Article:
This awareness gives us hope and vision to live here and now fruitfully and welcome the invitation to go deeper in our faith – to listen attentively, struggle genuinely, and question authentically even with our uttermost nihilism. The liminal space is the richest mine to explore this treasure, and trust courageously the hidden fingers that guide us.

Liminal Space

invites us
to put our ears
on the ground
to hear the sound
from the basement
of our hearts

to enter into the room
with courage and curiosity
to push darkness
to touch the unknown
to dance in-between the gap
though our senses are numb
our eyes are blind
our voice has no sound
till we are used to this hollow ground

nobody, nothing, nowhere
thoughts tangled in a mass
sweat intermingled in a pool

our bodies move
…………..let go

whatever comes
whatever emerges
whatever settles
the divine surgery
…………..let come


Xiaoli Yang is a theologian, poet, and spiritual director. She lives and plays on Wurundjeri land and in the Middle Kingdom. Details about her latest publication can be found here.

‘“Jerusalem” was never an alternative to the poetry; it was part of it’. A review of John Newton’s The Double Rainbow: James K. Baxter, Ngāti Hau and the Jerusalem Commune

the-double-rainbow.jpgJohn Newton, The Double Rainbow: James K. Baxter, Ngāti Hau and the Jerusalem Commune (Wellington: Victoria University Press, 2009). 224 pages. ISBN: 9780864736031.

John Newton’s engaging book, The Double Rainbow: James K. Baxter, Ngāti Hau and the Jerusalem Commune, examines the Ngāti Hau community that Aotearoa’s best-known poet James K. Baxter was instrumental in establishing at Hiruhārama, on the Whanganui River – ‘the country’s first and most influential experiment in “hippie” communalism’ (p. 38). As Newton notes in his Introduction:

The double rainbow is Baxter’s symbol for a mutually regenerative bicultural relationship. He recognised that the Pākehā majority ignored Māori culture, not just to the cost of Māori … but also to its own detriment. Pākehā, he wrote in 1969, a few months before he first moved to Jerusalem, ‘have lived alongside a psychologically rich and varied minority culture for a hundred years and have taken nothing from it but a few place-names and a great deal of plunder’. Pākehā culture’s material dominance was accompanied by an arrogance and ethnocentrism which left it spiritually impoverished.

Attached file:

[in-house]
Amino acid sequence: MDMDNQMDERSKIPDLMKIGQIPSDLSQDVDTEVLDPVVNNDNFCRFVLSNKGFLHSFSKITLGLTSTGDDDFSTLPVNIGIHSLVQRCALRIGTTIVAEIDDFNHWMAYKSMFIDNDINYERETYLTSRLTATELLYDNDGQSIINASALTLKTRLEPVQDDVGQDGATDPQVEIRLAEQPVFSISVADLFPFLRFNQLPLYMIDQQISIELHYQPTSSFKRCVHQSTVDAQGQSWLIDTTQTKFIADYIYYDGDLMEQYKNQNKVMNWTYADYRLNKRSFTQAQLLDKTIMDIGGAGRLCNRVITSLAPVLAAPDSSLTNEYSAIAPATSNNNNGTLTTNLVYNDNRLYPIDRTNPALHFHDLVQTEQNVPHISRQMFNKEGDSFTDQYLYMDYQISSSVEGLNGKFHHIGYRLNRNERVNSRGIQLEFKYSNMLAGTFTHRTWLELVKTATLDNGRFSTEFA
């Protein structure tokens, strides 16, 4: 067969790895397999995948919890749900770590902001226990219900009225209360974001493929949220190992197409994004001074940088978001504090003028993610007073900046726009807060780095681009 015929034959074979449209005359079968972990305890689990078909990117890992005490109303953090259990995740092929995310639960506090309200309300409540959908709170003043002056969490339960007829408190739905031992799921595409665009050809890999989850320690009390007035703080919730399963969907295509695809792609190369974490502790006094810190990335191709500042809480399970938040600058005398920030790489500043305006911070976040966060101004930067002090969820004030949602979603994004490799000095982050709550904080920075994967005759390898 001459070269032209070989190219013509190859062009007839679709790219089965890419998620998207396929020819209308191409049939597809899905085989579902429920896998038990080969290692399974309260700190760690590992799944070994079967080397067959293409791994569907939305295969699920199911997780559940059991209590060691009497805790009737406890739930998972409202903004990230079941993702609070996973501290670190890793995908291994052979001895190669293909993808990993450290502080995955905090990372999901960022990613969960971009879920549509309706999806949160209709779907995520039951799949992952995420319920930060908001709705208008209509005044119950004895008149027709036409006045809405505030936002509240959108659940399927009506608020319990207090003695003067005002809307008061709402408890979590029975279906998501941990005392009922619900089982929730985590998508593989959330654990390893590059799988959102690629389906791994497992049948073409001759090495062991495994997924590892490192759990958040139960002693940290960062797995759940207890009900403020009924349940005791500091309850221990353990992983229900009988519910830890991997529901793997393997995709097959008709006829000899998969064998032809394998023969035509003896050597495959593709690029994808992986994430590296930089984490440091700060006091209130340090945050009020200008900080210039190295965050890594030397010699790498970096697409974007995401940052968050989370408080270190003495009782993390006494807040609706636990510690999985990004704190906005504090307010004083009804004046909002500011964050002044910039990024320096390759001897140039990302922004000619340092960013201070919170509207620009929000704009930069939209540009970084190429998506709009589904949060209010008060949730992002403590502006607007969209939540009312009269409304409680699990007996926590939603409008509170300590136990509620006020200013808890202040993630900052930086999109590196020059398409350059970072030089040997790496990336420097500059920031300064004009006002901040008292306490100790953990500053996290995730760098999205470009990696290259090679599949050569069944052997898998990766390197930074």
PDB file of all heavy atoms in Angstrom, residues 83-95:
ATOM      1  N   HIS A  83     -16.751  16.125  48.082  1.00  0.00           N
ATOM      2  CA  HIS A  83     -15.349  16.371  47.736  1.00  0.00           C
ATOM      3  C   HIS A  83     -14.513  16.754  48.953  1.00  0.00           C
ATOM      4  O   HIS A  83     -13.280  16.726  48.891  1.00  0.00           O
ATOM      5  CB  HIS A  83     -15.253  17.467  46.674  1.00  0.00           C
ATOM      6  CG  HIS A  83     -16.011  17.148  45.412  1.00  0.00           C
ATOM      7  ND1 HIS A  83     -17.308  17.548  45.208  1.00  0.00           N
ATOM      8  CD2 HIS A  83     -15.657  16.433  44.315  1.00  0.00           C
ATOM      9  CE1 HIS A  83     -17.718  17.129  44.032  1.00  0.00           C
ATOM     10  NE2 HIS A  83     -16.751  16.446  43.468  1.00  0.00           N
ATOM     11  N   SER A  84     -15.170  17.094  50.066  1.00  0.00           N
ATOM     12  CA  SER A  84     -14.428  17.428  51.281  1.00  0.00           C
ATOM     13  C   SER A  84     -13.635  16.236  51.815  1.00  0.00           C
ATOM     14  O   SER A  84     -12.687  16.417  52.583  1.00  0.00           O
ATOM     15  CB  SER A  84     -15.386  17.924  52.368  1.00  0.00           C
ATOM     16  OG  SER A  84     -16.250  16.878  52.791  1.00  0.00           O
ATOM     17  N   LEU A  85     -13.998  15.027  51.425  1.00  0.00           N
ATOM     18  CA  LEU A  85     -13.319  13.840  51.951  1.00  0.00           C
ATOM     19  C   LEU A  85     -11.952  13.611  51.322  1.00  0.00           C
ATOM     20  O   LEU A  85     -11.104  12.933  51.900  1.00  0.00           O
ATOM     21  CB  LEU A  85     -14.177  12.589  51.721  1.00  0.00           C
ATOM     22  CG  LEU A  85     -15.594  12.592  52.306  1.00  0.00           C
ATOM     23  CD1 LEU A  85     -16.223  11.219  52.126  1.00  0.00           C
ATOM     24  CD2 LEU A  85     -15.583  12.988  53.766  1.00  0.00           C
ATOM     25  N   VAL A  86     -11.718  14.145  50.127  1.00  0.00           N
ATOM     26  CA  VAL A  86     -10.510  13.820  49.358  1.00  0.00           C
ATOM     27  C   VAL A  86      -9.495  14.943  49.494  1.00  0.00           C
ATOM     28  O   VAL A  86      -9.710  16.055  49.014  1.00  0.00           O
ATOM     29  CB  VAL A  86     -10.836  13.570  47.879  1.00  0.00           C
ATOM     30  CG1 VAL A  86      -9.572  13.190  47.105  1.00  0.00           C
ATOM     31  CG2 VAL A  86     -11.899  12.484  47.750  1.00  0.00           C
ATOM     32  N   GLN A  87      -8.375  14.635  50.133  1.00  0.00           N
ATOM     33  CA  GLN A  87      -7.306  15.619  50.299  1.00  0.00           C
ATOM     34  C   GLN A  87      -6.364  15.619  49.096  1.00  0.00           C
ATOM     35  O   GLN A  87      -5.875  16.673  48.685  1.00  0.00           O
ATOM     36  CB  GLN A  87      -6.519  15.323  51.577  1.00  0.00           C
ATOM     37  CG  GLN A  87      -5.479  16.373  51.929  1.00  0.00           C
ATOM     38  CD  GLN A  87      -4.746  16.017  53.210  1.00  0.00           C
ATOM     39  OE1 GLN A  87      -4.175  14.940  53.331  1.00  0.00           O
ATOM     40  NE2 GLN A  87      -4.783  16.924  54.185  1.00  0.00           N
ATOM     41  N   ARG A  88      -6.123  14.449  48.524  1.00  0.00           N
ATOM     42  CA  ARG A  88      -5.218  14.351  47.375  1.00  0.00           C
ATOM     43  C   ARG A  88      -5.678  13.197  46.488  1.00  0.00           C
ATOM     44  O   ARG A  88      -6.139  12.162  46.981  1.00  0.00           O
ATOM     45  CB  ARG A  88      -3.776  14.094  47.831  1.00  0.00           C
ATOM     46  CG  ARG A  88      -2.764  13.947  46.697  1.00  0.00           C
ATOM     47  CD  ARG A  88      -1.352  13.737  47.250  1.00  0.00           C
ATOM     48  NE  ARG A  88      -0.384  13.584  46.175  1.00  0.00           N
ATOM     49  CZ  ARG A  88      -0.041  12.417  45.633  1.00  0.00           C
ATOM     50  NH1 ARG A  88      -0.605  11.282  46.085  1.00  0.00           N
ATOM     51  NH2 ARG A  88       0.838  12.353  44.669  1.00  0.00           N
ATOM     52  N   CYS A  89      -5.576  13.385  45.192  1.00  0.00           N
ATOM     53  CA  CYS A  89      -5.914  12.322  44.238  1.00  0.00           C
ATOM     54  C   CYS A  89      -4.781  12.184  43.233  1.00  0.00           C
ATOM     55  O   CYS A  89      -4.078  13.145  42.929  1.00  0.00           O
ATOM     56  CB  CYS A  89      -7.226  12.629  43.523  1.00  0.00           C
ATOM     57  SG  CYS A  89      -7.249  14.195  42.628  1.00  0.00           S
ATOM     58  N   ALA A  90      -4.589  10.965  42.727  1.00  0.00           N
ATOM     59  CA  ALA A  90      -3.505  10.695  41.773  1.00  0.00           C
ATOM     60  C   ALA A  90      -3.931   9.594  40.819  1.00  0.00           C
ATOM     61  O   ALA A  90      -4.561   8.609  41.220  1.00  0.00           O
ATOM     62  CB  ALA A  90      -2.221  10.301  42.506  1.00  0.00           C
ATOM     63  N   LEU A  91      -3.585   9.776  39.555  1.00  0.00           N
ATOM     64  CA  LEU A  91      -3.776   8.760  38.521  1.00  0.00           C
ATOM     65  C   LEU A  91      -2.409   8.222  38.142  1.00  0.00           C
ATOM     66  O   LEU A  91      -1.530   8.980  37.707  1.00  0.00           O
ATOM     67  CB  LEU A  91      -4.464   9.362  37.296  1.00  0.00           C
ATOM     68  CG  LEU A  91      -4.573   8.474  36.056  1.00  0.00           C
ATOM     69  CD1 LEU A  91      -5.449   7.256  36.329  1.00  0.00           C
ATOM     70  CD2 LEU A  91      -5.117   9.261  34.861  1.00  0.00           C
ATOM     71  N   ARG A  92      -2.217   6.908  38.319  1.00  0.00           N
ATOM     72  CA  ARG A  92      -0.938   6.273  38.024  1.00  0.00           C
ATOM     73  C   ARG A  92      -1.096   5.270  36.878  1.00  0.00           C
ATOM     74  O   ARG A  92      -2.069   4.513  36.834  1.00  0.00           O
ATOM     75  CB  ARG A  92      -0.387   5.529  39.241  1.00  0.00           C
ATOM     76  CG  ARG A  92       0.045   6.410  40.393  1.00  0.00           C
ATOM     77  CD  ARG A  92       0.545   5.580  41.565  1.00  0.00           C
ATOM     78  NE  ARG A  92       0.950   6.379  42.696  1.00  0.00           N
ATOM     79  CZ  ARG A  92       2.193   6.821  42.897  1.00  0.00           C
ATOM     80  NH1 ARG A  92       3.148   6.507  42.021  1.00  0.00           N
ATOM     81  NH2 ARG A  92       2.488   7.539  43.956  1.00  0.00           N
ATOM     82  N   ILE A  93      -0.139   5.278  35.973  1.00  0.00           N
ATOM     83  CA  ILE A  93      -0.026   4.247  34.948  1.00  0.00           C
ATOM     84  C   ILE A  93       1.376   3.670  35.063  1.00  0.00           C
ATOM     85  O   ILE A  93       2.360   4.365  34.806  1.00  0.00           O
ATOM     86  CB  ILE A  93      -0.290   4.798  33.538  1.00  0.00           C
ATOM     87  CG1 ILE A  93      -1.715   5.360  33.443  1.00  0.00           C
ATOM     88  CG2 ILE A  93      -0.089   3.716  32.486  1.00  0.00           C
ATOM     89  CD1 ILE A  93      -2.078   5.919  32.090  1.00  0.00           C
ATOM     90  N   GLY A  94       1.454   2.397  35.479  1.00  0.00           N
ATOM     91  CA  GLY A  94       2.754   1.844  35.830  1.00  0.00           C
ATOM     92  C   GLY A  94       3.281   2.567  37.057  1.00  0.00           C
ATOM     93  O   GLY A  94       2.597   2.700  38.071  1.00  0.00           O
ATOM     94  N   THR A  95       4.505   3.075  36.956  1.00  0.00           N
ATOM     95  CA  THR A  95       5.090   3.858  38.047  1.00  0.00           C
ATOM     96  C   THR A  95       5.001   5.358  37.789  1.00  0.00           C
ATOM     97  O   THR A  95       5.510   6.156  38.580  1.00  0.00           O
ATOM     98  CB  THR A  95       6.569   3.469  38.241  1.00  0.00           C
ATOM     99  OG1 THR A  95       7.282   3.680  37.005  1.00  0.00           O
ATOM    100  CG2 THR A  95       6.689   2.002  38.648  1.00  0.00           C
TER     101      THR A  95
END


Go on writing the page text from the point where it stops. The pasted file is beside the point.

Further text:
He cites Baxter:

‘Ko te Maori te tuakna. Ko te Pakeha te teina …’ The Maori [sic] is indeed the elder brother and the Pakeha [sic] the younger brother. But the teina has refused to learn from the tuakana. He has sat sullenly among his machines and account books, and wondered why his soul was full of bitter dust …

And then offers the following commentary:

The cost was everywhere to be seen, but nowhere more plainly than among urban youth. For Baxter, their wholesale disaffection was a realistic verdict on the society they had inherited, a mainstream culture whose spiritlessness and meanness – to say nothing of its arrogance towards its neighbours – deserved no better. In the Māori world, by contrast, and particularly in Māori communalism, he believed he could see an alternative to this atomised majority culture – a system of values that answered to the longings and frustrations that he recognised, both in himself and in the young people around him. To establish an alternative Pākehā community that could ‘learn from the Maori side of the fence’ was to help restore, symbolically, the mana of the tangata whenua and to begin to resuscitate a Pākehā culture that was choking to death on its own materialism. (pp. 11–12)

Such constitutes the earth from which a functioning intentional community at Hiruhārama budded, a community made up largely of those for whom mainstream Aotearoan society meant fatherlessness.